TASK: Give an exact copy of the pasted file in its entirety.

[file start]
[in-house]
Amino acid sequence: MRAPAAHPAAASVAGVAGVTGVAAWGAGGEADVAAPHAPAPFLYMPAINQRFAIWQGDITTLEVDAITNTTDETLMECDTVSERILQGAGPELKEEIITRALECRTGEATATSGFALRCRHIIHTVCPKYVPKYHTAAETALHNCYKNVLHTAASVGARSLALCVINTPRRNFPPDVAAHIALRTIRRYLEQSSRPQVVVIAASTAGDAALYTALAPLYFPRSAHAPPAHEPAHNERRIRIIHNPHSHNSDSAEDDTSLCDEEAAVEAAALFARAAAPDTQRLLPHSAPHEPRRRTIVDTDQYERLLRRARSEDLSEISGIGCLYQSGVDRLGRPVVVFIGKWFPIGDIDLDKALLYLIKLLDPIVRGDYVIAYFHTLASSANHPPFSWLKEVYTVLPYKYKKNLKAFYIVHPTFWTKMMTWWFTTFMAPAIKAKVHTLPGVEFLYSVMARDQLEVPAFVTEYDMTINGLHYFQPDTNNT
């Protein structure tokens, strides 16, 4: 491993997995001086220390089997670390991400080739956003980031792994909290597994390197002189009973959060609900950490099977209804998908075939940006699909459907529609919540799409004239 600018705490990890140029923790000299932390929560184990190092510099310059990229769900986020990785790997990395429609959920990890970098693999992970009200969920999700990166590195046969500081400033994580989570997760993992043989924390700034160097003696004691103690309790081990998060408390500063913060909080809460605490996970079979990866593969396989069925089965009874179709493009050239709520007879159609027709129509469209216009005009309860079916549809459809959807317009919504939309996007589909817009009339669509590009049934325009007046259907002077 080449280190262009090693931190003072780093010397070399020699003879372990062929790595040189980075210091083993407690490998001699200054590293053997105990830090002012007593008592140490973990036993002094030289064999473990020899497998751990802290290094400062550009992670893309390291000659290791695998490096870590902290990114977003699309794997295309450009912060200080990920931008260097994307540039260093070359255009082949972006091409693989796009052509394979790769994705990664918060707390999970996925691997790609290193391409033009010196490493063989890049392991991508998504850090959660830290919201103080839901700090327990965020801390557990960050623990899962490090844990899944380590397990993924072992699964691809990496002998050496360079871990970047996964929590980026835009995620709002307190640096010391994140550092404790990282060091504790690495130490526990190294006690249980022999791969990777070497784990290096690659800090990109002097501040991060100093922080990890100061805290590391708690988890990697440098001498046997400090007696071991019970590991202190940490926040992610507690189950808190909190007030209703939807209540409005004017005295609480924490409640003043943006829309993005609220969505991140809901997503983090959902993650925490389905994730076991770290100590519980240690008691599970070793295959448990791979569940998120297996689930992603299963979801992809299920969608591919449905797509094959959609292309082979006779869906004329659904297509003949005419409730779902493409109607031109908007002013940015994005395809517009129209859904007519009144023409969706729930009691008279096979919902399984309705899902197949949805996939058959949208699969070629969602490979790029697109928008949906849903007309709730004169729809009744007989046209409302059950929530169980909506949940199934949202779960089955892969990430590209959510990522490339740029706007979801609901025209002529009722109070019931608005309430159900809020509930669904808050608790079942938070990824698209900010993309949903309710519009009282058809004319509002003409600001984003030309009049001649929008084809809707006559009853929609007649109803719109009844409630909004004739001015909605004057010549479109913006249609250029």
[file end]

[in-house]
Amino acid sequence: MRAPAAHPAAASVAGVAGVTGVAAWGAGGEADVAAPHAPAPFLYMPAINQRFAIWQGDITTLEVDAITNTTDETLMECDTVSERILQGAGPELKEEIITRALECRTGEATATSGFALRCRHIIHTVCPKYVPKYHTAAETALHNCYKNVLHTAASVGARSLALCVINTPRRNFPPDVAAHIALRTIRRYLEQSSRPQVVVIAASTAGDAALYTALAPLYFPRSAHAPPAHEPAHNERRIRIIHNPHSHNSDSAEDDTSLCDEEAAVEAAALFARAAAPDTQRLLPHSAPHEPRRRTIVDTDQYERLLRRARSEDLSEISGIGCLYQSGVDRLGRPVVVFIGKWFPIGDIDLDKALLYLIKLLDPIVRGDYVIAYFHTLASSANHPPFSWLKEVYTVLPYKYKKNLKAFYIVHPTFWTKMMTWWFTTFMAPAIKAKVHTLPGVEFLYSVMARDQLEVPAFVTEYDMTINGLHYFQPDTNNT
């Protein structure tokens, strides 16, 4: 491993997995001086220390089997670390991400080739956003980031792994909290597994390197002189009973959060609900950490099977209804998908075939940006699909459907529609919540799409004239 600018705490990890140029923790000299932390929560184990190092510099310059990229769900986020990785790997990395429609959920990890970098693999992970009200969920999700990166590195046969500081400033994580989570997760993992043989924390700034160097003696004691103690309790081990998060408390500063913060909080809460605490996970079979990866593969396989069925089965009874179709493009050239709520007879159609027709129509469209216009005009309860079916549809459809959807317009919504939309996007589909817009009339669509590009049934325009007046259907002077 080449280190262009090693931190003072780093010397070399020699003879372990062929790595040189980075210091083993407690490998001699200054590293053997105990830090002012007593008592140490973990036993002094030289064999473990020899497998751990802290290094400062550009992670893309390291000659290791695998490096870590902290990114977003699309794997295309450009912060200080990920931008260097994307540039260093070359255009082949972006091409693989796009052509394979790769994705990664918060707390999970996925691997790609290193391409033009010196490493063989890049392991991508998504850090959660830290919201103080839901700090327990965020801390557990960050623990899962490090844990899944380590397990993924072992699964691809990496002998050496360079871990970047996964929590980026835009995620709002307190640096010391994140550092404790990282060091504790690495130490526990190294006690249980022999791969990777070497784990290096690659800090990109002097501040991060100093922080990890100061805290590391708690988890990697440098001498046997400090007696071991019970590991202190940490926040992610507690189950808190909190007030209703939807209540409005004017005295609480924490409640003043943006829309993005609220969505991140809901997503983090959902993650925490389905994730076991770290100590519980240690008691599970070793295959448990791979569940998120297996689930992603299963979801992809299920969608591919449905797509094959959609292309082979006779869906004329659904297509003949005419409730779902493409109607031109908007002013940015994005395809517009129209859904007519009144023409969706729930009691008279096979919902399984309705899902197949949805996939058959949208699969070629969602490979790029697109928008949906849903007309709730004169729809009744007989046209409302059950929530169980909506949940199934949202779960089955892969990430590209959510990522490339740029706007979801609901025209002529009722109070019931608005309430159900809020509930669904808050608790079942938070990824698209900010993309949903309710519009009282058809004319509002003409600001984003030309009049001649929008084809809707006559009853929609007649109803719109009844409630909004004739001015909605004057010549479109913006249609250029």